A little time with Shark showed that I was spending 80% my time in the ‘fetch schedules on a station between two times’ method. This method used a simple predicate to fetch only those schedule details fulfilling the arguments :

NSPredicate *predicate = [NSPredicate predicateWithFormat:@"((station == %@) AND (time >= %@) AND (time <= %@)) OR ((station == %@) AND (time < %@) AND (endTime > %@))", self, startDate, endDate, self, startDate, startDate];

A little thinking about it and I realized that the logic was overly complex and could be simplified :

NSPredicate *predicate = [NSPredicate predicateWithFormat:@"(station == %@) AND (((time >= %@) AND (time <= %@)) OR ((endTime >= %@) AND (endTime <= %@)))", self, startDate, endDate, startDate, endDate];

I don’t need to compare against the station more than once – start with everything on this station, and then consider only those things that start between the two times or end between the two times.

Result ? The fetch is now less than 10% of the CPU usage when changing the start time in the schedule grid ! Much better ! I still have a couple more optimizations to make – but watch those predicates !

Posted under Development, iOnTV

This post was written by awk on February 26, 2008

Thinking Differently

I shipped an early version of the iOnTV app a few weeks ago now and have had a few bug reports etc. from the early adopters brave enough to try it out.

One thing that’s become clear is that the current setup process is

  1. Not quite robust enough
  2. Not ‘guided enough’

Looking over the logs of users with problems I’ve been quite surprised at how ‘random’ people can behave in attempting to get things to work.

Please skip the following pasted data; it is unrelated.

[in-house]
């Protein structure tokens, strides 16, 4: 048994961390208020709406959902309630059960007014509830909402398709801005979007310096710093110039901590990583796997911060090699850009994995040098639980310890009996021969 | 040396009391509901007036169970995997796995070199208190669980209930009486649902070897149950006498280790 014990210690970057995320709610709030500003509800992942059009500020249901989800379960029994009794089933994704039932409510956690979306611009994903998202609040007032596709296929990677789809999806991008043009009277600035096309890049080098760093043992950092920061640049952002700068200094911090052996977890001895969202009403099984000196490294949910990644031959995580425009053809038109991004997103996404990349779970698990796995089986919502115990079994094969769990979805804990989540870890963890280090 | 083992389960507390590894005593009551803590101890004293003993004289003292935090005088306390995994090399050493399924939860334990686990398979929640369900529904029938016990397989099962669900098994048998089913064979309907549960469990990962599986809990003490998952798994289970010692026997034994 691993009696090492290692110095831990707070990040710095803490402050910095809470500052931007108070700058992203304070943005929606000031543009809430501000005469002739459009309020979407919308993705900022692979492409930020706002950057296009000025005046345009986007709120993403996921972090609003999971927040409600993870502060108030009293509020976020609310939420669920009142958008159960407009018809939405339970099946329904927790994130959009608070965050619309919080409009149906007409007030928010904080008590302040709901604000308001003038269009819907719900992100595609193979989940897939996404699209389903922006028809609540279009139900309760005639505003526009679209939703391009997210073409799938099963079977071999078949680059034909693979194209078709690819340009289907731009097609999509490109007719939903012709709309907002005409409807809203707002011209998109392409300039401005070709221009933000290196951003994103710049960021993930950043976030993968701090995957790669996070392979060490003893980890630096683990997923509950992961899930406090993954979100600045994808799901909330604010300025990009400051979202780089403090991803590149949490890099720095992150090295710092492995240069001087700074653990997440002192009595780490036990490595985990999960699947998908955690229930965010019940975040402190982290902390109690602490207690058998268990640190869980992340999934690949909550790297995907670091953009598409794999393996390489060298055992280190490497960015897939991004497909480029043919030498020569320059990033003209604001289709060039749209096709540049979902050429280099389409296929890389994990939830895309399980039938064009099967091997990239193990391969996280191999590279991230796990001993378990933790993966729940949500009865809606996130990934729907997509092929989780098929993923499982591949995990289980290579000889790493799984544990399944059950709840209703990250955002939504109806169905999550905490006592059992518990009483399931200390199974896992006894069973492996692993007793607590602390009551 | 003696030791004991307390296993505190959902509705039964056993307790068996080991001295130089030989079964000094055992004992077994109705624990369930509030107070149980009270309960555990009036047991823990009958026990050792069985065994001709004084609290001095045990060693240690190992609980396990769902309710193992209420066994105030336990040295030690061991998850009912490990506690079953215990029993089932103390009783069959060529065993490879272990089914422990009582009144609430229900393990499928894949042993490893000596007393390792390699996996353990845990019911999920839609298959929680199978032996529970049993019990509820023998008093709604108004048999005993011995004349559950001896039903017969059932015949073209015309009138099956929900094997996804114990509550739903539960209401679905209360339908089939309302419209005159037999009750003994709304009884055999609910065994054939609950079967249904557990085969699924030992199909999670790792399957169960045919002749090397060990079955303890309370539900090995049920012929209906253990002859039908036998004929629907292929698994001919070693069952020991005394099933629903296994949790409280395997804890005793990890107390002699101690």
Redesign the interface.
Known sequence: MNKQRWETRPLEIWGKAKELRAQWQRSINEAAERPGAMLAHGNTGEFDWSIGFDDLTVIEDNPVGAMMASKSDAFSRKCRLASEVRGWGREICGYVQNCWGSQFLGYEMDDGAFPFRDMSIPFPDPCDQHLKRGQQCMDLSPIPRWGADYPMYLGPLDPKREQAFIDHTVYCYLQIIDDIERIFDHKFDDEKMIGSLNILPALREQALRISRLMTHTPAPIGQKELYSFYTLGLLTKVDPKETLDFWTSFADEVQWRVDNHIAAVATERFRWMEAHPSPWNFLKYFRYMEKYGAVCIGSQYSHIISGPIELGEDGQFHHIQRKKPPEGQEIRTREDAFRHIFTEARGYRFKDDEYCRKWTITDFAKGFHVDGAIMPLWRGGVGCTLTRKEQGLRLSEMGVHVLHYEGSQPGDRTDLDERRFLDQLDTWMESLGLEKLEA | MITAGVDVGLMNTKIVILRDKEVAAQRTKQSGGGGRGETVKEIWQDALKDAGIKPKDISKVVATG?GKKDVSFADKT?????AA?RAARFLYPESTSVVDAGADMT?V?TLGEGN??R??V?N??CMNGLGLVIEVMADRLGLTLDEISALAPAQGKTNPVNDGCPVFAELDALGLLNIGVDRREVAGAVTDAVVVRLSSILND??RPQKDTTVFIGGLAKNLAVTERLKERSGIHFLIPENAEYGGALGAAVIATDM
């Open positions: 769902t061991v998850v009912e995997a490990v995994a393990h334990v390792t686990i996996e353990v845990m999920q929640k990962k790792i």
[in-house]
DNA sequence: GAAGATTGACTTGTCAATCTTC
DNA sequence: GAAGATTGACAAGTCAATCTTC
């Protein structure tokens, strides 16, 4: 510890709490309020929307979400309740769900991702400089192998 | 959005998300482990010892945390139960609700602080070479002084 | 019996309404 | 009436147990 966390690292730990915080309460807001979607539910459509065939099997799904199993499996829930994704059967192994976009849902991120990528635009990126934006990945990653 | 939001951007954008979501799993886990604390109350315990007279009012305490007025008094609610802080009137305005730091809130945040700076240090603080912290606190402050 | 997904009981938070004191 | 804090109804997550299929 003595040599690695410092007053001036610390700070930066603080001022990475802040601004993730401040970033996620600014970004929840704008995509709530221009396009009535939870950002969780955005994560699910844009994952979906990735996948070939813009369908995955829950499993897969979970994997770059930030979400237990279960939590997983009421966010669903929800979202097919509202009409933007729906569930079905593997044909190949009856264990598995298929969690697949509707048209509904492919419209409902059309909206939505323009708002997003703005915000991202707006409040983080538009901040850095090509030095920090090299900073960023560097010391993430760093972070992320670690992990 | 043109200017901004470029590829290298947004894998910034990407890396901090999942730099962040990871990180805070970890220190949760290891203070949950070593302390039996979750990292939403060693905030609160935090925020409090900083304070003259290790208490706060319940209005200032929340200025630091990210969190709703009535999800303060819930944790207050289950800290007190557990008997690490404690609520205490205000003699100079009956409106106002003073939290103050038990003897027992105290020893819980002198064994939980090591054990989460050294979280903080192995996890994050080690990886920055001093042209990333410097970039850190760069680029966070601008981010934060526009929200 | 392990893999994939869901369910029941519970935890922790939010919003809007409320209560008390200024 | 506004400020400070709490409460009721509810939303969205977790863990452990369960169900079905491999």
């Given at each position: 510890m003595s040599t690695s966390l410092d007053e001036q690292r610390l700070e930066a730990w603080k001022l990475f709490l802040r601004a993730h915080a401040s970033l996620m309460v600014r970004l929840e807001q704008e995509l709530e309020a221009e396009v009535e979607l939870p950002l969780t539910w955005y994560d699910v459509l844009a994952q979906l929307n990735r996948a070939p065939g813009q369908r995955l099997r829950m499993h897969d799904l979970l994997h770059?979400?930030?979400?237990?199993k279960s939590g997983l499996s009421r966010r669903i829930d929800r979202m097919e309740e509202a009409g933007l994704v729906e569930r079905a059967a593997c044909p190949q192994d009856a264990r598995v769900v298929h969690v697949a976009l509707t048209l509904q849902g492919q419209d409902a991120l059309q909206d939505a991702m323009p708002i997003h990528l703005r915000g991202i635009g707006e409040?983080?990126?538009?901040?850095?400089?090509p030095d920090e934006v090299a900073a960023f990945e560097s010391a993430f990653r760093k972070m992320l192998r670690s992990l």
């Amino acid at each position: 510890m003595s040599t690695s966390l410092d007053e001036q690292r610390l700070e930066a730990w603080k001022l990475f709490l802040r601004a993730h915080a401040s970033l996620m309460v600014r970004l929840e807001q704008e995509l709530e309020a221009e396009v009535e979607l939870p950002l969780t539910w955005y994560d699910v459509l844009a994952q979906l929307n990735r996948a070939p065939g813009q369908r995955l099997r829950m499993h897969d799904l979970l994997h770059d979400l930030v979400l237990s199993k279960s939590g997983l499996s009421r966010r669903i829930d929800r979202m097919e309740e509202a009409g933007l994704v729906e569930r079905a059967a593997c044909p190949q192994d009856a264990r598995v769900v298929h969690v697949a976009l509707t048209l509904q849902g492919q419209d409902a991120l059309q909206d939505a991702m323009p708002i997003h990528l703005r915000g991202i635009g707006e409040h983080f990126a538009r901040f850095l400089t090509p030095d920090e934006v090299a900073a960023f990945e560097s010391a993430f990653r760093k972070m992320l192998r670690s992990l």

I tried to set out a step by step approach that should give a complete list of all the stations available to iOnTV, however when it fails people step outside of the step by step approach (which is easy to do) and get lost.

What it comes down to I think is a fundamental difference between how programmers think and how non-programmers (users) think :

One of the mental skills that a good programmer develops that becomes a way of life is that we have a linear thought process with branches and that we’re particularly good at back tracking to the last junction and taking a different branch whilst remembering all the other junctions and branches we’ve ever seen (or made) in the past. In other words we’ve programmed ourselves to be just as linear as the machine we’re programming.

‘Users’ on the other hand are not so programmed – in fact they’re far more random in their actions and generally don’t maintain such a linear approach to things. They ‘jump’ from one spot to another without remembering (or paying heed) to where they were.

How can a developer cope with this ?